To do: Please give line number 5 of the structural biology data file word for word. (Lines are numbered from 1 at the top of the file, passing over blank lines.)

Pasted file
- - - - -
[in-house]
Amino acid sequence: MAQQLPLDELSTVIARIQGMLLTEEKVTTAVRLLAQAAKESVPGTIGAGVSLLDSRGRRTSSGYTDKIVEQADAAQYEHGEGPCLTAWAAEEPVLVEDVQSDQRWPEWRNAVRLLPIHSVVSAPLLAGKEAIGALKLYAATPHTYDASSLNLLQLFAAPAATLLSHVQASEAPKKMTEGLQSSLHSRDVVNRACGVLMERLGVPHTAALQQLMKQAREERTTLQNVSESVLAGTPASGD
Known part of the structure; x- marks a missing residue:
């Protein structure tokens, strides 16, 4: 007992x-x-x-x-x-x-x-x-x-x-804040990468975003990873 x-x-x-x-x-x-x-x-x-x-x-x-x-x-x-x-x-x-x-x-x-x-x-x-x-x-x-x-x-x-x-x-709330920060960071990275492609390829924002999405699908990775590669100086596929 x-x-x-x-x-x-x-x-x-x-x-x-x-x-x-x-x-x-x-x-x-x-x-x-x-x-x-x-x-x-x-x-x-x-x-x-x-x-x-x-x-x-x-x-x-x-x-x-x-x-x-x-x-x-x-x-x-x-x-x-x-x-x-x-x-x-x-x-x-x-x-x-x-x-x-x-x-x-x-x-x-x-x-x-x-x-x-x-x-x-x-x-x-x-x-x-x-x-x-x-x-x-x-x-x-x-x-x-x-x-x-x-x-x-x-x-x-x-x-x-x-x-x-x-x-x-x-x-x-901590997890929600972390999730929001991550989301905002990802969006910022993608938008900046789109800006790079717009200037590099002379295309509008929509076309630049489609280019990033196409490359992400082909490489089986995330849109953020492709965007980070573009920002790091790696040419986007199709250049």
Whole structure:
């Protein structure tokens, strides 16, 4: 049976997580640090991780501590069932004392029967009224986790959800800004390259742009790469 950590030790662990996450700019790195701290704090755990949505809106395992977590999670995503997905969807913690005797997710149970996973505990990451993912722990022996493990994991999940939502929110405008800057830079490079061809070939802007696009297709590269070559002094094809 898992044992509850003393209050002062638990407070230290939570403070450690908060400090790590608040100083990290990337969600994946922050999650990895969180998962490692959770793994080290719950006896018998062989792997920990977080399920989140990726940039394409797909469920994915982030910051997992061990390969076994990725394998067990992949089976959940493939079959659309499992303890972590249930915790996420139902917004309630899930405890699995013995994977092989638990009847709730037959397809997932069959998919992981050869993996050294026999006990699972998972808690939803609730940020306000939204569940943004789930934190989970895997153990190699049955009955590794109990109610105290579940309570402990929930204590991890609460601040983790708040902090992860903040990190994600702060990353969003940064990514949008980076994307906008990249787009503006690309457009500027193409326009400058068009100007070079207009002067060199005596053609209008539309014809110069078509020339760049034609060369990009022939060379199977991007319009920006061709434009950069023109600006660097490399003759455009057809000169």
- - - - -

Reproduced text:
Whole structure: